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Universal Studios to Revamp California Theme Park


It seems movie characters Norman Bates and his mother from the film "Psycho" will be getting some neighbors. As VOA's Robert Raffaele explains, movie fans and business owners may one day call a popular U.S. tourist attraction "home."

The studio that enjoyed worldwide success with such hit movies as "Jaws," "Jurassic Park," and "Psycho," is expanding the complex, which celebrates its legacy.

Universal Studios in Universal City, California is already the world's largest movie studio lot. Now Universal's parent company wants to add a major residential and business complex to its 158-hectare studio and theme park.

NBC Universal plans to add 24,000 square meters of space, including high-tech sound stages and a residential development to be called "Universal Village."

Under the $3 billion proposal, the new neighborhood would include 2,900 homes and apartment units. The 25-year plan also calls for new production facilities, restaurants, stores, a hotel, and improvements to the studio's famous back lot.

Universal City, in the Hollywood Hills overlooking the San Fernando Valley, was founded in 1915 by Carl Laemmle, who also founded Universal Studios.

In its earliest days, Universal Studios spread across a 151-hectare ranch. Over the decades, the lot expanded to include the Universal Studios Hollywood theme park and a shopping and retail area called City Walk. In recent years, zoning and environmental regulations have blocked Universal's efforts to expand the complex even further.

Regulations requiring current amusement park rides to be scrapped to create space for new attractions also hindered Universal's efforts to compete with nearby theme parks Disneyland and Six Flags Magic Mountain.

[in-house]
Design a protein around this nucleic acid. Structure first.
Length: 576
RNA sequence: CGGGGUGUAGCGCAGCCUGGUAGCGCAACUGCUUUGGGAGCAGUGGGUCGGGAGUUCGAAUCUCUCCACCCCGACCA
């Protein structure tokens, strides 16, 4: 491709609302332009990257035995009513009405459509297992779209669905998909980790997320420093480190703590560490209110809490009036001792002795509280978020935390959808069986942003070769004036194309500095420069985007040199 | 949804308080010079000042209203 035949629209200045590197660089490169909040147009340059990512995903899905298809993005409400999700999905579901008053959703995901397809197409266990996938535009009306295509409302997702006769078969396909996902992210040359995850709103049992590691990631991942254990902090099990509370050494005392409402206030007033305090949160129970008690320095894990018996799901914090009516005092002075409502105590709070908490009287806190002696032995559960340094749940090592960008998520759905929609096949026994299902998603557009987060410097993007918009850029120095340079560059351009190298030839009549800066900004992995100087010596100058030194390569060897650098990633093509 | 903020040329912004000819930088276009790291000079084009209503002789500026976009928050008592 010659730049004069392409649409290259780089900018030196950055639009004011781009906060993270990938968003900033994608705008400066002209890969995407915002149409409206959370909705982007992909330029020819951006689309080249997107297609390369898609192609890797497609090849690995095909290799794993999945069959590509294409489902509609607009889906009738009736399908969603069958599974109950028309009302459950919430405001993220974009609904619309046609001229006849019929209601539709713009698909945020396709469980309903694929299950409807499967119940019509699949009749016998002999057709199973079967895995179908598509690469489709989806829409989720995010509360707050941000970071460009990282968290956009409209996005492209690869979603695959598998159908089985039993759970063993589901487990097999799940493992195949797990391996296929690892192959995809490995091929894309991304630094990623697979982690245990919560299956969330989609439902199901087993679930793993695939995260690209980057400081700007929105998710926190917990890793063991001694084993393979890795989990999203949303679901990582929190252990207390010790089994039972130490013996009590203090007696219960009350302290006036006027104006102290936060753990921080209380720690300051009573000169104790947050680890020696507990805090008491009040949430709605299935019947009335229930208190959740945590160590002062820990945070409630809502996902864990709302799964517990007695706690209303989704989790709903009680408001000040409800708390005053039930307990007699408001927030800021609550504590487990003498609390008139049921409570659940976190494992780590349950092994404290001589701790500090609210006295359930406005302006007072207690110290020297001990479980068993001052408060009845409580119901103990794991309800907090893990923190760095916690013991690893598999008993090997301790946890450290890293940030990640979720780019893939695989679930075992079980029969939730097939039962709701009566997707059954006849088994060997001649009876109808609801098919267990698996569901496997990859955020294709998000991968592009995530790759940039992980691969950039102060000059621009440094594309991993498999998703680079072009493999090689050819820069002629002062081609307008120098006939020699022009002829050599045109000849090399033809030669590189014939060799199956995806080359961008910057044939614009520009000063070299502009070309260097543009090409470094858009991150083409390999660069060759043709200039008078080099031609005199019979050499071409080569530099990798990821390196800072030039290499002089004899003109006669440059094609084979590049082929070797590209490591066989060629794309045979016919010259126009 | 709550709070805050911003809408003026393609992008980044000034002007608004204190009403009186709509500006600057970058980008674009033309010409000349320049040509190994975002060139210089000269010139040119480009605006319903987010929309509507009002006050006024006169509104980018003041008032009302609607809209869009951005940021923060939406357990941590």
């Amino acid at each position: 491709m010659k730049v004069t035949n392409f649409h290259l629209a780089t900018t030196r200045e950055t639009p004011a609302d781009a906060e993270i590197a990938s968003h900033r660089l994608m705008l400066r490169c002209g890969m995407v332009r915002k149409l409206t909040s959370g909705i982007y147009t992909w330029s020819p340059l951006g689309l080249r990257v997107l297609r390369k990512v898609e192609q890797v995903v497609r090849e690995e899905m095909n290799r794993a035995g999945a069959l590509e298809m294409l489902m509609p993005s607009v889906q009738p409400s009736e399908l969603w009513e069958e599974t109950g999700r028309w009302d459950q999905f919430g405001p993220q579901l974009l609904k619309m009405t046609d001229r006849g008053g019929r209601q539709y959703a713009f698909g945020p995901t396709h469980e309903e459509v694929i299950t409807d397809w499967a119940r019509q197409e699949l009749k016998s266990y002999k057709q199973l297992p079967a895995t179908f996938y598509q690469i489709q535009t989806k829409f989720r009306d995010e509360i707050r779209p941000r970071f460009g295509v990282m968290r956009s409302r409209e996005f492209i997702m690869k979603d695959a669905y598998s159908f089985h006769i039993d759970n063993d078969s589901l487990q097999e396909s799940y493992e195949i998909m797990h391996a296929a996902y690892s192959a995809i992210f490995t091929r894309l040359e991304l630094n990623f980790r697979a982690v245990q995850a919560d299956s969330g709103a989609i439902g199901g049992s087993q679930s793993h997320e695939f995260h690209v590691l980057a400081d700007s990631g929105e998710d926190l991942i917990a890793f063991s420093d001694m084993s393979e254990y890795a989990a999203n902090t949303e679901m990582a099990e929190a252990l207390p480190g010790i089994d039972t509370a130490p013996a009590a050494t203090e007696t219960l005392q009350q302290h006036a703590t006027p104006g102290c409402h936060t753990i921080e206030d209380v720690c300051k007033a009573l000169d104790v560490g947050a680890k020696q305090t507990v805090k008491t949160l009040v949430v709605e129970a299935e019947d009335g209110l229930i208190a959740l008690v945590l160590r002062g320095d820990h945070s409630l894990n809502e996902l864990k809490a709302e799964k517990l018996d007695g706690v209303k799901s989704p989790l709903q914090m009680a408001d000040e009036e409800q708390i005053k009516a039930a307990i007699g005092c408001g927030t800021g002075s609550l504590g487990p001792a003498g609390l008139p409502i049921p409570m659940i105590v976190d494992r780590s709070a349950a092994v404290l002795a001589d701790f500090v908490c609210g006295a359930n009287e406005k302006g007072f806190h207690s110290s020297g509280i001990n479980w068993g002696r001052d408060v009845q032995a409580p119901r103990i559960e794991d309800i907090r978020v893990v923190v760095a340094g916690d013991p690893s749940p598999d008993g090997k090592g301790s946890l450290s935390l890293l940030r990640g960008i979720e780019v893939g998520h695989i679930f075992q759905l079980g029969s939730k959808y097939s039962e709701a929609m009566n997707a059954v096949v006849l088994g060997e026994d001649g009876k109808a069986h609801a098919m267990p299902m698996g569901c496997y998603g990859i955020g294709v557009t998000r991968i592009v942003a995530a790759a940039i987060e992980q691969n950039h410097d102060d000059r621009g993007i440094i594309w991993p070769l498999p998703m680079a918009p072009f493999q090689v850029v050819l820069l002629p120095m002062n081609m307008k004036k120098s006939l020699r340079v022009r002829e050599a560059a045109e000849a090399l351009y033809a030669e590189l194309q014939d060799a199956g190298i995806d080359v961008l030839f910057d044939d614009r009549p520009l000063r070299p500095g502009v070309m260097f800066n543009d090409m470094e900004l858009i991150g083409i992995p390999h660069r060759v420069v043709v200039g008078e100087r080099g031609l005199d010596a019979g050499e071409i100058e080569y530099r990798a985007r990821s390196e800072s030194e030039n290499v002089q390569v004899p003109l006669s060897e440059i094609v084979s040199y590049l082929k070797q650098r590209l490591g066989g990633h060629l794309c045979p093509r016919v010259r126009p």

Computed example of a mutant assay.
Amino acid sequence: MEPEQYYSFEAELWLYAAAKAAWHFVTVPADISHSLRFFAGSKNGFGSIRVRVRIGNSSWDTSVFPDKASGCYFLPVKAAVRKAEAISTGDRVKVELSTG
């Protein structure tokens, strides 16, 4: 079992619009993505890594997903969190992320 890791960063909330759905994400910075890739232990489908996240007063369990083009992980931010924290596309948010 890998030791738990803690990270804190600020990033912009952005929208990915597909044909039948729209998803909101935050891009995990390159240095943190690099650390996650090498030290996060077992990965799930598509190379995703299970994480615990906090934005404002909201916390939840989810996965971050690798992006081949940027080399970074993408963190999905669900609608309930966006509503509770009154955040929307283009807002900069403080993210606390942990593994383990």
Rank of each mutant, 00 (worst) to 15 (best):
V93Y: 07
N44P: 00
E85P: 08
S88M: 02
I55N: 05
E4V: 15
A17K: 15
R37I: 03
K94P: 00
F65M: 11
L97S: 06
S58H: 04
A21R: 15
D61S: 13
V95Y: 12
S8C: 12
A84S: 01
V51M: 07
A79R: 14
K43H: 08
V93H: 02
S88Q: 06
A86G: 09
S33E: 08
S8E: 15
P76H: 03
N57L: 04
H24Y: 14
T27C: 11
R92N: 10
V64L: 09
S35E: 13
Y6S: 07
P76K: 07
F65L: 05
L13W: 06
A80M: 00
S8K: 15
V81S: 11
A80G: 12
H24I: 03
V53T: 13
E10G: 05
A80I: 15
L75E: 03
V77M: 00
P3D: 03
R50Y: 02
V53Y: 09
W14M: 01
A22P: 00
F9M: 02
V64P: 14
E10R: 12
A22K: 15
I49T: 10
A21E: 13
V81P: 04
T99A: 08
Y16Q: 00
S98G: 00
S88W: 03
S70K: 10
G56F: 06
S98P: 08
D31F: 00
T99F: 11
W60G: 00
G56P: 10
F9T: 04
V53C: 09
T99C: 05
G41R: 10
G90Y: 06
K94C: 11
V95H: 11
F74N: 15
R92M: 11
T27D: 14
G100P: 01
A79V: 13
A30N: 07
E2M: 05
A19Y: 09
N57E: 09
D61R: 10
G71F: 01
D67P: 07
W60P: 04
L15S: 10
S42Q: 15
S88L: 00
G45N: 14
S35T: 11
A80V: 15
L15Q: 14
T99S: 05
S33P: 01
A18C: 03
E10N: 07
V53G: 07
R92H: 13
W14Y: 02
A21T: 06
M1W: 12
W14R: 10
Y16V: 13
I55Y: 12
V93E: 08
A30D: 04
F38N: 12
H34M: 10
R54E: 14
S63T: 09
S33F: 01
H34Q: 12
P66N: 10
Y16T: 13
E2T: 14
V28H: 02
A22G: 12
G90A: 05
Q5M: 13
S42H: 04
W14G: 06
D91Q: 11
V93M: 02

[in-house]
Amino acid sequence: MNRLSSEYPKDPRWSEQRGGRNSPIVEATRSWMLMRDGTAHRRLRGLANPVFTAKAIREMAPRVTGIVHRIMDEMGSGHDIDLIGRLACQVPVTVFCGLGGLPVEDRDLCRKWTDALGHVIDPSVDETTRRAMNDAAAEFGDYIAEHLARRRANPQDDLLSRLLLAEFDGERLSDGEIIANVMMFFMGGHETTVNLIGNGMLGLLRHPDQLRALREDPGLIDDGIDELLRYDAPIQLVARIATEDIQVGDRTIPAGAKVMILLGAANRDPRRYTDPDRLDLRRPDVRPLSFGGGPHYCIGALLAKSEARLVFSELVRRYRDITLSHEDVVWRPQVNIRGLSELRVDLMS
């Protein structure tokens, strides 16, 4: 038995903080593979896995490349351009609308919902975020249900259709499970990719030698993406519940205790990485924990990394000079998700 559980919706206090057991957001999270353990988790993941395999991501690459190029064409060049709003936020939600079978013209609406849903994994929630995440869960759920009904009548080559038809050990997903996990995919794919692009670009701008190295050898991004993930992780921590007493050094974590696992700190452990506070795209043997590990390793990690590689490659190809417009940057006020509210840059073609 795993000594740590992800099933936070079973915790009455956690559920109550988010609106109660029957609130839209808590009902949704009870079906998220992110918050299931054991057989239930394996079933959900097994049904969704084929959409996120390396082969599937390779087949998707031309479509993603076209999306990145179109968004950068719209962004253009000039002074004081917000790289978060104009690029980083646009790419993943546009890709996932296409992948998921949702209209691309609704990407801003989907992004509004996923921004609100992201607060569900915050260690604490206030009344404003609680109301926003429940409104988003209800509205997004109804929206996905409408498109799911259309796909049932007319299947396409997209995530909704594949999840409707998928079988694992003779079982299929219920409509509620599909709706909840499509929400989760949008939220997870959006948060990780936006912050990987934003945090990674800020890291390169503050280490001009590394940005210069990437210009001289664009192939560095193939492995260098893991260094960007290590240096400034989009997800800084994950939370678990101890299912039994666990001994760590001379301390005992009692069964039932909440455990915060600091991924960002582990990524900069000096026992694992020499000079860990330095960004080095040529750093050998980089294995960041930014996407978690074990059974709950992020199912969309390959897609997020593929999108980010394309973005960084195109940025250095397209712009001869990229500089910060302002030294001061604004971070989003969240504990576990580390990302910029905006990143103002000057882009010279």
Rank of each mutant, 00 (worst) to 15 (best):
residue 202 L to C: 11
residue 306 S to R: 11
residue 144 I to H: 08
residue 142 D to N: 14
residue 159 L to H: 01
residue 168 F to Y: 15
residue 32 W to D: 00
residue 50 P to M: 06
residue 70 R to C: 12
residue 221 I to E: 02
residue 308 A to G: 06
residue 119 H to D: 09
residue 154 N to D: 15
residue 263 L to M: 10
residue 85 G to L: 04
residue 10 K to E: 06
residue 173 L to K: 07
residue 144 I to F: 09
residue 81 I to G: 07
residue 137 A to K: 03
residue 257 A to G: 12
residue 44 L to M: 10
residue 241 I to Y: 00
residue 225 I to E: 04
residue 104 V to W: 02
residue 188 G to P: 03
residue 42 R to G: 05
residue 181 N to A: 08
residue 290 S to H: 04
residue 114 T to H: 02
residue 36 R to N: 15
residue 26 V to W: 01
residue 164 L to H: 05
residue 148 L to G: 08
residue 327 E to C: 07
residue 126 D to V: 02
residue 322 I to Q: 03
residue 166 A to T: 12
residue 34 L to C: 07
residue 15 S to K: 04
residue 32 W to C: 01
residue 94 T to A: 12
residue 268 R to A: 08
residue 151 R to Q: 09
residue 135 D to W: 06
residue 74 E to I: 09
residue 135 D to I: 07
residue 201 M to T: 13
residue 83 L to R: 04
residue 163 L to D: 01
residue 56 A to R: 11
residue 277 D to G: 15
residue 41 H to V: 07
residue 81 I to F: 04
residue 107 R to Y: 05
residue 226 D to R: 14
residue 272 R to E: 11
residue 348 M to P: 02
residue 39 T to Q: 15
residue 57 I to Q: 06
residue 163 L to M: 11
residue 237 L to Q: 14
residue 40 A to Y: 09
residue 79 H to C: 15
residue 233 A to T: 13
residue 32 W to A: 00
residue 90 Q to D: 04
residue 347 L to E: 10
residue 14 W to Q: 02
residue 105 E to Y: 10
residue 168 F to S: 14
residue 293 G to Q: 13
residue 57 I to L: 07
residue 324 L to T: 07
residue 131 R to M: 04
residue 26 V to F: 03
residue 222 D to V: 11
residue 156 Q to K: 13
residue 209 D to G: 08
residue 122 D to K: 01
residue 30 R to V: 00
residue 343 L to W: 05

NBC Universal says the project would create 17,000 construction jobs and add another 11,000 permanent jobs at the studio.

At a news conference Wednesday, Los Angeles Mayor Antonio Villaraigosa called the project an economic boon for the metropolitan area. "All together the existing [and] future studio, retail, theme park, and residential uses will generate approximately $21 million in new annual revenues."

However, many nearby residents say those benefits pale compared with the problems caused by additional automobile traffic.They say surrounding neighborhoods are already overcrowded with tourists and park visitors.

Plans by previous owners to expand the lot also met with similar opposition.

One resident commented. "It's their property and they have the right to develop it as they like. But, there has got to be smart development. You can't just put in thousands of homes without the roads and the infrastructure to handle it."

A spokesman says NBC Universal is working with city officials to widen roads to ease congestion. Universal is adjacent to a subway station and near two freeways. New parking facilities would be added near the subway stop.

Construction on the expanded studio and theme park complex is not expected to begin for at least two years. Universal must first secure construction permits and various approvals for the entire project.